Incident photon-to-current efficiency (IPCE) measurements as a function of excitation wavelength are shown in Fig. S10. The IPCE value for the assembly NiO|-DA-RuCP22+-Re(I) was obtained at an applied bias of −0.54 V versus NHE in CO2 saturated 0.1 M NaClO4 acetonitrile solution. The IPCE profiles overlap with the MLCT absorption profile for the chromophore, as expected for dye-sensitized CO2 reduction. From Fig. S10, the IPCE value for the assembly, NiO|-DA-RuCP22+-Re(I), was 1.9% at the absorption maximum for the RuCP22+ chromophore at 450 nm.

Product analysis

Gas chromatography (GC) was used to estimate faradaic efficiencies for CO2 reduction to CO for both NiO|-RuCP22+-Re(I) and NiO|-DA-RuCP22+-Re(I). GC analysis revealed that CO was the major product for both assemblies as shown in Fig. 4. From the data in Fig. 4, the appearance of CO for NiO|-DA-RuCP22+-Re(I), as a product of CO2 reduction, is considerably enhanced compared to NiO|-RuCP22+-Re(I). For the latter, the ratio of H2 to CO was 1[thin space (1/6-em)]:[thin space (1/6-em)]3 and for the former (assembly with DA), the ratio of H2 to CO was 1[thin space (1/6-em)]:[thin space (1/6-em)]8.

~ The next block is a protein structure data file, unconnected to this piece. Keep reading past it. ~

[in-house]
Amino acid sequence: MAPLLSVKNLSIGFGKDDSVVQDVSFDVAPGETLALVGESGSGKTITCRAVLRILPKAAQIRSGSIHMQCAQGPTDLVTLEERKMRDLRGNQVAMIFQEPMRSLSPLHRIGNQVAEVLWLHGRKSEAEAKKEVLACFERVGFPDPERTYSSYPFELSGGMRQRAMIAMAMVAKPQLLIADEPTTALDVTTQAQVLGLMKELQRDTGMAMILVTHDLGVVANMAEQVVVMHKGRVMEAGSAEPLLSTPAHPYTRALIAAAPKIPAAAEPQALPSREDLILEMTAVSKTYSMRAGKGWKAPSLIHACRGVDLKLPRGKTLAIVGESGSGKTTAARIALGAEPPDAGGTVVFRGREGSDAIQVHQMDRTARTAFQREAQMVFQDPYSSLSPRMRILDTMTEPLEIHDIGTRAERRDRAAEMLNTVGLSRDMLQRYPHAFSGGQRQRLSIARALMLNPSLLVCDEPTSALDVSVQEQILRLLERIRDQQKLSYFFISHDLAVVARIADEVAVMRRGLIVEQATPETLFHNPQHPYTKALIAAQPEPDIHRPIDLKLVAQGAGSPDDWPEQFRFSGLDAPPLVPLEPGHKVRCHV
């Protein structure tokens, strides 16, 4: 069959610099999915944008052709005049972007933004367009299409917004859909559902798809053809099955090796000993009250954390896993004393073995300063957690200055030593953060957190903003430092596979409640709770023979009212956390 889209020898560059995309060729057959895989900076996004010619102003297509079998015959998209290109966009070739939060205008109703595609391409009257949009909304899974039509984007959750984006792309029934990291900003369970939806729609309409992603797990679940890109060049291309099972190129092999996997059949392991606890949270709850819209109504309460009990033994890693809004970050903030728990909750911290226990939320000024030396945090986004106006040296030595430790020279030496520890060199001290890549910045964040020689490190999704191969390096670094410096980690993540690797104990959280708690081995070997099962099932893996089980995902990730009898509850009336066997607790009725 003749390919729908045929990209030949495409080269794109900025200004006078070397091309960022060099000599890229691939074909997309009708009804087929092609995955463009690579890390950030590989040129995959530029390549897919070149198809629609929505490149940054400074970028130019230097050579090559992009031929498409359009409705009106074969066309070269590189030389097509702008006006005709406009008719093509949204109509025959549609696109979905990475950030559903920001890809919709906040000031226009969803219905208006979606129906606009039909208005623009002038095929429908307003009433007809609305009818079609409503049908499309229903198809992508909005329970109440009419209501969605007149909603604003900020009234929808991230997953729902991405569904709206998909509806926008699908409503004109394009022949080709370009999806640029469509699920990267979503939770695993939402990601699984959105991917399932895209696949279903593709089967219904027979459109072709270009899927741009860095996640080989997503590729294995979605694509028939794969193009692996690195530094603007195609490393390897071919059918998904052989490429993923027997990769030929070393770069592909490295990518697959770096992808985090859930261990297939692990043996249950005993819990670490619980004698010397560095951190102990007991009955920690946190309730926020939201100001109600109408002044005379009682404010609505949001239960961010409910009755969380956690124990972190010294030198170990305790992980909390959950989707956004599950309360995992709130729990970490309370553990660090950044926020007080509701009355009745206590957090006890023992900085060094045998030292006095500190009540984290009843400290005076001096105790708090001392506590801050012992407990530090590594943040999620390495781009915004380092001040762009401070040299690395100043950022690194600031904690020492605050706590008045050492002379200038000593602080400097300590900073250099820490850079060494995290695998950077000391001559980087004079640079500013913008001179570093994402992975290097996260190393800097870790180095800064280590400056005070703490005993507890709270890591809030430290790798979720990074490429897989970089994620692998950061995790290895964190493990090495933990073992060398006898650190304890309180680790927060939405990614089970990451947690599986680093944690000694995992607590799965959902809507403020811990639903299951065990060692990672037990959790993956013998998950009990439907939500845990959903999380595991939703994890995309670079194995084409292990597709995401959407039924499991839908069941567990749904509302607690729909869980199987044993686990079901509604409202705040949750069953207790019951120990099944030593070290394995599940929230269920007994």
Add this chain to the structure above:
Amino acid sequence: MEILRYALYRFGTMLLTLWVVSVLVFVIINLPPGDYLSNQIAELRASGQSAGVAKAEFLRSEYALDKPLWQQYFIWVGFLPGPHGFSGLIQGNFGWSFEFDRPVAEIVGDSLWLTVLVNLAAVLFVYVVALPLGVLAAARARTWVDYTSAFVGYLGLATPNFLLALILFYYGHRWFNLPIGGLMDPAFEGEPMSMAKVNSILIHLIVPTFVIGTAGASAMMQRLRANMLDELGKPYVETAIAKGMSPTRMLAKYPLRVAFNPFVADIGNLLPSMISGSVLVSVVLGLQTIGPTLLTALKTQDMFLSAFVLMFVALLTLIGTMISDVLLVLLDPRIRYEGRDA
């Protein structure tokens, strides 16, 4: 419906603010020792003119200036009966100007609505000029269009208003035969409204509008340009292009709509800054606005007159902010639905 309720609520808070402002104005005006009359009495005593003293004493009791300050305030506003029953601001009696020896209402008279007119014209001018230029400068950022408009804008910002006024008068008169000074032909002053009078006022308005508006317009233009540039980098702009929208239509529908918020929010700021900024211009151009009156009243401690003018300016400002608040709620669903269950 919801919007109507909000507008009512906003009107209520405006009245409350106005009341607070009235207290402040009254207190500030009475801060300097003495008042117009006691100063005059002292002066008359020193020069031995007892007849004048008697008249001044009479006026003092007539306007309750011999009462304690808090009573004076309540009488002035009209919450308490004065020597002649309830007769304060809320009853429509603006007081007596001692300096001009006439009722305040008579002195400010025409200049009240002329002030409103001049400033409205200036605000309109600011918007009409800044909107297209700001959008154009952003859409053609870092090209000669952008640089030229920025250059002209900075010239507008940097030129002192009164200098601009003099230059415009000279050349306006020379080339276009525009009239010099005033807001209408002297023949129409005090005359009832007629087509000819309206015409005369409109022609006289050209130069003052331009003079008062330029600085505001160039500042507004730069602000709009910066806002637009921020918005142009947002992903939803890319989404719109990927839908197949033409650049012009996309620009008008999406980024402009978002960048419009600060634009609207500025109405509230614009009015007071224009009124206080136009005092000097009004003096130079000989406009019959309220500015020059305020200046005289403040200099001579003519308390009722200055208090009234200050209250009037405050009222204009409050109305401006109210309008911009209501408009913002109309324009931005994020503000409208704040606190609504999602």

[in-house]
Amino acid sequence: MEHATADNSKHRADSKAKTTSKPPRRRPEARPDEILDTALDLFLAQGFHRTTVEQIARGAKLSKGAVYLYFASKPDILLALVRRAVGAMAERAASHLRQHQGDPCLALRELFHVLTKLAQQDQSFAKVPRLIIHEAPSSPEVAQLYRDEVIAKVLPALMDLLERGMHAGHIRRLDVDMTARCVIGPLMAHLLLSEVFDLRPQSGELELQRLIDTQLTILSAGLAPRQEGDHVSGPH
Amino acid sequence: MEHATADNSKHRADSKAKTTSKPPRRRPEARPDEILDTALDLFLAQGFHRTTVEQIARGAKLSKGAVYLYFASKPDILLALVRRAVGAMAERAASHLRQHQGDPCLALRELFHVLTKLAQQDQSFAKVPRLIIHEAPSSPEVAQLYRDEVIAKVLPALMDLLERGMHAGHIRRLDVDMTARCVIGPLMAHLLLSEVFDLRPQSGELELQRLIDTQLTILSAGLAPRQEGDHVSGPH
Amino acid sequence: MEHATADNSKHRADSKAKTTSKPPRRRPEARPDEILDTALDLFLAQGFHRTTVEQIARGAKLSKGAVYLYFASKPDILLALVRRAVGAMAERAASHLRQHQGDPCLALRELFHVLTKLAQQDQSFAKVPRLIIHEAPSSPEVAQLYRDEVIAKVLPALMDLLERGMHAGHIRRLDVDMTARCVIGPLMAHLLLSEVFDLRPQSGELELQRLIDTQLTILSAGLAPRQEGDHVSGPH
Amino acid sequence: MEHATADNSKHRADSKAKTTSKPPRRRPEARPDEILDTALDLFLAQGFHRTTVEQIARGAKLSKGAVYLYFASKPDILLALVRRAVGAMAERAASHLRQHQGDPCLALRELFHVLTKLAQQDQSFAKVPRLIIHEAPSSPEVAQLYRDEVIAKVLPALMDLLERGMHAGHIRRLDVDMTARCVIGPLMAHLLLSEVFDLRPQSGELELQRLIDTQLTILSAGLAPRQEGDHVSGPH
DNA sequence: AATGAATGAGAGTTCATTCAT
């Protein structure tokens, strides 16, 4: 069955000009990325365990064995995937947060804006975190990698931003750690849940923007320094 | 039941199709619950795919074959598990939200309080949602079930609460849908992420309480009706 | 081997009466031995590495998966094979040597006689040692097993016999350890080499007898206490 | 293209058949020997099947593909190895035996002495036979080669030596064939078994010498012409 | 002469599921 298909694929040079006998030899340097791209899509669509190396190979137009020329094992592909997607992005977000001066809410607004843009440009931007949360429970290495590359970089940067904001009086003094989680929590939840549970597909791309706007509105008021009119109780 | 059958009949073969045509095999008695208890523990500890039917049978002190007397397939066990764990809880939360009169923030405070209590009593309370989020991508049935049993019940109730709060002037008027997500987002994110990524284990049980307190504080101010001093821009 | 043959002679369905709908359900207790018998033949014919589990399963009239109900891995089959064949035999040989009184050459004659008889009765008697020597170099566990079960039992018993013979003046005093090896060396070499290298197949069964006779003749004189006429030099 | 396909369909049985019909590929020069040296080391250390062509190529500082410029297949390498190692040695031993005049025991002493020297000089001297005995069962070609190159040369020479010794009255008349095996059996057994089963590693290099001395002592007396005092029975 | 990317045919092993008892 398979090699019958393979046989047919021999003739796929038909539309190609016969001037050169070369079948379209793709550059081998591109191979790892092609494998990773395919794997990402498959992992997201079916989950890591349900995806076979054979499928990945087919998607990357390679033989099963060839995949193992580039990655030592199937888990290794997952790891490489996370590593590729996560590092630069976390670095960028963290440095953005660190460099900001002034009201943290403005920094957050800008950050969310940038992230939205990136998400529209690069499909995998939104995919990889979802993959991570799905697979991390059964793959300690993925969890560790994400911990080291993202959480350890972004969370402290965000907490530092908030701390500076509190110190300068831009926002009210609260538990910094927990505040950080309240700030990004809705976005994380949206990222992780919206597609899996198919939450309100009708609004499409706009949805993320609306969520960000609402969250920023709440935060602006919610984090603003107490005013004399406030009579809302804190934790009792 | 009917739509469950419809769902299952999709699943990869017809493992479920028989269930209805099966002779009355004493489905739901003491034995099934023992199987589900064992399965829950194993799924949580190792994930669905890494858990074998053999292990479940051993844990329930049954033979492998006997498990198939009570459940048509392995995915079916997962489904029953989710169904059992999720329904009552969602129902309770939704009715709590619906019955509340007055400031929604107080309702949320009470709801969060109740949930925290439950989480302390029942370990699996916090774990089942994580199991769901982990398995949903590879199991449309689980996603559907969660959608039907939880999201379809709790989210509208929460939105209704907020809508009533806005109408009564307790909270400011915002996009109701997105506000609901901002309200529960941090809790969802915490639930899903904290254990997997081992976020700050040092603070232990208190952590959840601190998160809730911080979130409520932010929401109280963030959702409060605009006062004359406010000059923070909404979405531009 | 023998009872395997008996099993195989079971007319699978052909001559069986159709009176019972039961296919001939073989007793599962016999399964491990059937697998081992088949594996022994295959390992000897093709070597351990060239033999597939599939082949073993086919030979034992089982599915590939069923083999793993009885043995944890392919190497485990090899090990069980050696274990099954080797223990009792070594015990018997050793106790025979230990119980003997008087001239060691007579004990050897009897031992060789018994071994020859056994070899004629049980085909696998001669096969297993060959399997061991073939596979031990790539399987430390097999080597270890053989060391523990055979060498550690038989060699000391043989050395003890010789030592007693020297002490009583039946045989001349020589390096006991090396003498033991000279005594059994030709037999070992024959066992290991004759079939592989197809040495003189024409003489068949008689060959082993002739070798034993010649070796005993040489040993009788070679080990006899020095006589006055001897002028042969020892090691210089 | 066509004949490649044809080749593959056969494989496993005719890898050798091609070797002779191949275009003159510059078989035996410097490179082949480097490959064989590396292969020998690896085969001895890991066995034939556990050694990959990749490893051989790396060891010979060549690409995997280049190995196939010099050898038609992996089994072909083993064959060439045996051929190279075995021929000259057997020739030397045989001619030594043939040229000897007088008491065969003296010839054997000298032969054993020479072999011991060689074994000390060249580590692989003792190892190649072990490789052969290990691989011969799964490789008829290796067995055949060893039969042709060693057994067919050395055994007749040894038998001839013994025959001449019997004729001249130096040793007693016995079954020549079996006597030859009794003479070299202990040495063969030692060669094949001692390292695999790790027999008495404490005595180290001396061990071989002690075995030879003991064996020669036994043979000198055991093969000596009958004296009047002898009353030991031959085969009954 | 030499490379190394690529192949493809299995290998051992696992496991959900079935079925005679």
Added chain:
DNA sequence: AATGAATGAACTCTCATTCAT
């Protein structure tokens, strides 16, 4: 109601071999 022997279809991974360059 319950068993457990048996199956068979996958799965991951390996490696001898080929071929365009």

image file: c8sc03316a-f4.tif
Fig. 4 (a) Analysis of CO2 reduction products following excitation of NiO|-RuCP22+-Re(I) with 100 mW cm−2 white light source with a bias of −0.24 V vs. NHE in CO2 saturated 0.1 M LiClO4 acetonitrile. (b) Photoelectrochemical CO2 reduction products for same materials as a function of applied bias.

The product distribution for NiO|-DA-RuCP22+-Re(I) was also investigated as a function of applied potential. At −0.54 V NHE, the ratio of CO to H2 increased nearly to 30[thin space (1/6-em)]:[thin space (1/6-em)]1 with concurrent increase in the faradaic efficiency for CO production to 85% with 3% H2 production. The turnover number (TON) for CO2 reduction from this experiment was calculated by comparing it to the number of adsorbed catalyst species and a TON of 22 was obtained with a bias of −0.54 V vs. NHE during 20 min measurements. By further increasing or decreasing the bias from −0.54 V, CO production was decreased.

Transient absorption

Interfacial, light-induced electron transfer dynamics were investigated by nanosecond transient absorption measurements on NiO|-DA-RuCP22+-Re(I) and NiO|-DA-RuCP22+. Samples were excited with pulsed 488 nm excitation (4.5 mJ per pulse) in argon-saturated 0.1 M LiClO4 acetonitrile solutions with an applied bias of −0.8 V vs. NHE. As shown in Fig. 5, transient absorption difference spectra measured after pulsed laser excitation revealed the prompt appearance of a band near 520 nm and an absorption edge that increased into the UV region.